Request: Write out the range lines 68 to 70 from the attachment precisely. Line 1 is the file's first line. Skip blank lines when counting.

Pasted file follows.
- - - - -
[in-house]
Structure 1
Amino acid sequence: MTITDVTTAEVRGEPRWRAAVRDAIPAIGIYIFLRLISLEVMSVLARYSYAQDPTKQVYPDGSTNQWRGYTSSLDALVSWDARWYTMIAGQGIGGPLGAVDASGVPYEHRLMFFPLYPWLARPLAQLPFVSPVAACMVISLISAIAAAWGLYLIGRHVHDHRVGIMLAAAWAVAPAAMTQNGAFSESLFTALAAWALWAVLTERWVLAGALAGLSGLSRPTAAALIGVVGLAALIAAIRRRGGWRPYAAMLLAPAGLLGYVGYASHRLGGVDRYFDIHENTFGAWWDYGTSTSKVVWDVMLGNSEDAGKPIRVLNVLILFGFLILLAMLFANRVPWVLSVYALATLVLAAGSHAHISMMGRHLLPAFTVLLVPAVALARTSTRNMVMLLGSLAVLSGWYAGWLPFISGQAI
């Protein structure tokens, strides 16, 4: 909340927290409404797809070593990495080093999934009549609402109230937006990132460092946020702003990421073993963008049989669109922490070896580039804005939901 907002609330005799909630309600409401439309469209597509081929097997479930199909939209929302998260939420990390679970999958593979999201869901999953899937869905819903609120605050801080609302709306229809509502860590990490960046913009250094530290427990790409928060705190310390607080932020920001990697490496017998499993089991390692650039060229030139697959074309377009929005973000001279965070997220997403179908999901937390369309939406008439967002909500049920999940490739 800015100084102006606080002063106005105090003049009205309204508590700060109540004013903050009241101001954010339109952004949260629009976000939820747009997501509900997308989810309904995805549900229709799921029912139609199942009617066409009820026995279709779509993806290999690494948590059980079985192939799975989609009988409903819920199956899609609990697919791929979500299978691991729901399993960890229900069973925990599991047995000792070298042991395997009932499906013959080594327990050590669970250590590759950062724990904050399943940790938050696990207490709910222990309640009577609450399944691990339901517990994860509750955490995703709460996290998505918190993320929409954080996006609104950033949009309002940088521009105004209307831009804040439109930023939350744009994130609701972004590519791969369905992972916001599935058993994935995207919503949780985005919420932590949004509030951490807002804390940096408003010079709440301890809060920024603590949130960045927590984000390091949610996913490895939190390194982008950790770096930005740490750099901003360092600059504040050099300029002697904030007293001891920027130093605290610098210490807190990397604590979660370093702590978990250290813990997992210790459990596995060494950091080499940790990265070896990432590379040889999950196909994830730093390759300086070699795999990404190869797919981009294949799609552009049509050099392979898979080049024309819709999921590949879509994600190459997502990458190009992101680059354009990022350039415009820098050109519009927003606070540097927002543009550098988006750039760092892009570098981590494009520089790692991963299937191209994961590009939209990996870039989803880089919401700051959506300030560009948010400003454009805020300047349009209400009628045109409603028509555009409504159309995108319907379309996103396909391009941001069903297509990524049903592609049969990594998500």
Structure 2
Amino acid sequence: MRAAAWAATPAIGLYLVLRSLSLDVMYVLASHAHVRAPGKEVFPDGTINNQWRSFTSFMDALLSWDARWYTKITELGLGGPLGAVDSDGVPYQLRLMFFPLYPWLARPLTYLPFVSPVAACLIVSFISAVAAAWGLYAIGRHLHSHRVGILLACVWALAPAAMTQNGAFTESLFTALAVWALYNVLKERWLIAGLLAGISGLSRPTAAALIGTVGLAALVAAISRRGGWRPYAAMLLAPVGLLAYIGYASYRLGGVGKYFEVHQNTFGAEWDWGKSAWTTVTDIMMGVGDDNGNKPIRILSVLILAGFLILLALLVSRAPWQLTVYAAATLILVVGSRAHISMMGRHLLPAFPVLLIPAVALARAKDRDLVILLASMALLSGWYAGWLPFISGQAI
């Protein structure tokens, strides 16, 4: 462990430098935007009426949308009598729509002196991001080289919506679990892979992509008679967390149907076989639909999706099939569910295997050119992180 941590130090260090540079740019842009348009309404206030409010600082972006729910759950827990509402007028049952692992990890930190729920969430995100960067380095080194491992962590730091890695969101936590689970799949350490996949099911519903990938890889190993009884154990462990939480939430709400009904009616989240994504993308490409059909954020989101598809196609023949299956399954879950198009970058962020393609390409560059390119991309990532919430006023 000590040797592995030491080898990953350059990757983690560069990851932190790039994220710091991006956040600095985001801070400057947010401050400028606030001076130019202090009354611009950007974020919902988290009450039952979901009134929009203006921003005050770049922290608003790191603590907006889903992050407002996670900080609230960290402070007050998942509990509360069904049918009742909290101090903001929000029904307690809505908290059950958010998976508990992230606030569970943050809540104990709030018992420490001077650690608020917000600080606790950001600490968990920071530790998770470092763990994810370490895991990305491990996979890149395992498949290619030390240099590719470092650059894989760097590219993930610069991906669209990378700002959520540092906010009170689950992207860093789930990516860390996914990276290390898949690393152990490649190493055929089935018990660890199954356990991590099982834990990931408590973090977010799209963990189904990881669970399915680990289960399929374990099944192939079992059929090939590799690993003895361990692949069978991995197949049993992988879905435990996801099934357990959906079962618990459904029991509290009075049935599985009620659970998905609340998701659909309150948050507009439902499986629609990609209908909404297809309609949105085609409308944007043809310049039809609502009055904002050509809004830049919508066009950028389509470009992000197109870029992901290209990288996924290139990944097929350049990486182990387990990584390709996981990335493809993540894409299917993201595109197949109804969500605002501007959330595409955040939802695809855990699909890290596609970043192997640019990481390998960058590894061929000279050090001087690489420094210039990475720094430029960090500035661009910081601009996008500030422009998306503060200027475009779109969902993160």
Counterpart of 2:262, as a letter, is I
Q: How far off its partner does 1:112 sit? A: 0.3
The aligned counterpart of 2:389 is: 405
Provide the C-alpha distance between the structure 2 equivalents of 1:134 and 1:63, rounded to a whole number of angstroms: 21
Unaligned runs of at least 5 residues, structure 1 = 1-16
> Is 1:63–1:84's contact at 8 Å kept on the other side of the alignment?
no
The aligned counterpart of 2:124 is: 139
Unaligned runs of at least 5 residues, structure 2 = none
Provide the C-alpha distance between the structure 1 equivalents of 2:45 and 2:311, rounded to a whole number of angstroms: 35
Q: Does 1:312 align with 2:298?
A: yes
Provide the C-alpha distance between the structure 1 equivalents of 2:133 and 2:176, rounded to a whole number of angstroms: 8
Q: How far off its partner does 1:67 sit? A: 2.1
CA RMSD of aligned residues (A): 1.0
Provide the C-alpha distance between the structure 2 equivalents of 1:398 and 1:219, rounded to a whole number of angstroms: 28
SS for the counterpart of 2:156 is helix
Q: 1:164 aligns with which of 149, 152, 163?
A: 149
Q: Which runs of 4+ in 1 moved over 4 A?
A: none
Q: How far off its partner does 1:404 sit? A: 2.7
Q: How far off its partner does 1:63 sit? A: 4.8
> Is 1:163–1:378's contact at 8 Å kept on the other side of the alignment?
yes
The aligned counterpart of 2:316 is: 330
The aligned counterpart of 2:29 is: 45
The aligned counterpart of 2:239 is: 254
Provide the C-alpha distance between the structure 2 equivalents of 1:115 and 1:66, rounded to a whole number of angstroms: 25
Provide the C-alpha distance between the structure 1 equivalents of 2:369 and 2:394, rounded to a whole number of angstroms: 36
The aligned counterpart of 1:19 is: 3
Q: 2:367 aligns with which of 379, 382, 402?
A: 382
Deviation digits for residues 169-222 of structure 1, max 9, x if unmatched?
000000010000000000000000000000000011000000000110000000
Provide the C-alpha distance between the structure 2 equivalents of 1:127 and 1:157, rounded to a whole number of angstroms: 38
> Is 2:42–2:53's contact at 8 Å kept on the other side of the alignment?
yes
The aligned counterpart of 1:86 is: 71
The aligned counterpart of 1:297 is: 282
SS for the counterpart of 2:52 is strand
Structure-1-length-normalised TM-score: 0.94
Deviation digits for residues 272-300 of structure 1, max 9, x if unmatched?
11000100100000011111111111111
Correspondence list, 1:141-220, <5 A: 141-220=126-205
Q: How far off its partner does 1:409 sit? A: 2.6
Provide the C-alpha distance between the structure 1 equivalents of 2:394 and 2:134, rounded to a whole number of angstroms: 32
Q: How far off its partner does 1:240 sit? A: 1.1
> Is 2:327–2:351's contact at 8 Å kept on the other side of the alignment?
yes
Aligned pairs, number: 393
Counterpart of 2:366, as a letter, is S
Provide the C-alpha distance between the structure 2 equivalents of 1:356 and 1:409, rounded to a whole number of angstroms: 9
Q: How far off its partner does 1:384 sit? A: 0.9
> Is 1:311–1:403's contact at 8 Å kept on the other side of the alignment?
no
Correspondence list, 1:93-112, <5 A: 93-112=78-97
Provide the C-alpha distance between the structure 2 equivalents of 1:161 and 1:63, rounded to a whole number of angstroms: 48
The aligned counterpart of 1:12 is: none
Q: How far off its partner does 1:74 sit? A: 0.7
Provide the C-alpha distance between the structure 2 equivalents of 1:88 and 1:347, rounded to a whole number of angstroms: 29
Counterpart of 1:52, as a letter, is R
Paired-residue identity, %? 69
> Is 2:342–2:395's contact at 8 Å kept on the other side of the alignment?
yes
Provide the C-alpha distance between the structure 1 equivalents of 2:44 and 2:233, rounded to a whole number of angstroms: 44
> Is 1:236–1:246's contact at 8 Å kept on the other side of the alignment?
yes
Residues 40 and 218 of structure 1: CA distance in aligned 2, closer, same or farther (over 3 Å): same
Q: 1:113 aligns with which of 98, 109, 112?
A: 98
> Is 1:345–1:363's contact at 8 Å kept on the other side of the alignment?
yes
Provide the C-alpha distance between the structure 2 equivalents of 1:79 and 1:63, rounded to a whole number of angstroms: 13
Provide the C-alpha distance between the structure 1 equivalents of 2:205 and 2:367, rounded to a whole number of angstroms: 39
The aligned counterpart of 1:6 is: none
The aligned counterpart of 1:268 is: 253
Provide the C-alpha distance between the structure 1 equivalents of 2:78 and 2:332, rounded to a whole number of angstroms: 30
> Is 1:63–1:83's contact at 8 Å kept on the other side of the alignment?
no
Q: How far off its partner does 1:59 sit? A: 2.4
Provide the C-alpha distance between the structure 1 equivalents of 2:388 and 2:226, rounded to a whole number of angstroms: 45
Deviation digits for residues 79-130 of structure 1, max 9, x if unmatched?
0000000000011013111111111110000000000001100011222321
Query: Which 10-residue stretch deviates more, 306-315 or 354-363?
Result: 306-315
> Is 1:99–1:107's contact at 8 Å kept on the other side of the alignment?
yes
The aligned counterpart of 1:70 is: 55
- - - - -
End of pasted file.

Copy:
Provide the C-alpha distance between the structure 2 equivalents of 1:88 and 1:347, rounded to a whole number of angstroms: 29
Counterpart of 1:52, as a letter, is R
Paired-residue identity, %? 69